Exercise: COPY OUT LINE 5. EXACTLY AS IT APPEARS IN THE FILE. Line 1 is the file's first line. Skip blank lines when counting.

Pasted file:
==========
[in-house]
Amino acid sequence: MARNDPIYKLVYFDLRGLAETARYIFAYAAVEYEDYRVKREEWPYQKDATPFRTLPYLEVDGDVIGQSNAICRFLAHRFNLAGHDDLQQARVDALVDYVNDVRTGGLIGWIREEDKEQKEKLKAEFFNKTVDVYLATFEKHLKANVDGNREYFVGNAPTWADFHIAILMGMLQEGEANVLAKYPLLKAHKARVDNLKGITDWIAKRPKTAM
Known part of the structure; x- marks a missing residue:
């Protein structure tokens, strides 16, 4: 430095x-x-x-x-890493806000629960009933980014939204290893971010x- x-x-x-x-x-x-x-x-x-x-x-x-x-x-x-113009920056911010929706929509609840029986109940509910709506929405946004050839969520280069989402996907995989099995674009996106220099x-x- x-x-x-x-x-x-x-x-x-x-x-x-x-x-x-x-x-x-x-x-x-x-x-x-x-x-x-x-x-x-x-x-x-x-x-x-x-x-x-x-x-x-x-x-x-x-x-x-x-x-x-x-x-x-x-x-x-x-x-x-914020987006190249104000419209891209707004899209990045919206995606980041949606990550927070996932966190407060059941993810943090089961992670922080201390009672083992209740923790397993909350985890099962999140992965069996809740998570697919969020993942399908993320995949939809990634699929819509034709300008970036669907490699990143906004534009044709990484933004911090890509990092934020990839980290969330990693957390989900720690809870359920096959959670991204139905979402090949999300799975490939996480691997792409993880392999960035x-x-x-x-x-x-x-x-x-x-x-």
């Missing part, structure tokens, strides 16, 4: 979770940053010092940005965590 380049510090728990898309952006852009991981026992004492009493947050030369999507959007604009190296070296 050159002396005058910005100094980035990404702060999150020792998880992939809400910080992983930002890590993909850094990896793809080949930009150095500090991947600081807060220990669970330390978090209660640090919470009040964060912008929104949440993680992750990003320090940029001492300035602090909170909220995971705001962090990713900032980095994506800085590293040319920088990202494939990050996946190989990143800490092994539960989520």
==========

């Missing part, structure tokens, strides 16, 4: 979770940053010092940005965590 380049510090728990898309952006852009991981026992004492009493947050030369999507959007604009190296070296 050159002396005058910005100094980035990404702060999150020792998880992939809400910080992983930002890590993909850094990896793809080949930009150095500090991947600081807060220990669970330390978090209660640090919470009040964060912008929104949440993680992750990003320090940029001492300035602090909170909220995971705001962090990713900032980095994506800085590293040319920088990202494939990050996946190989990143800490092994539960989520």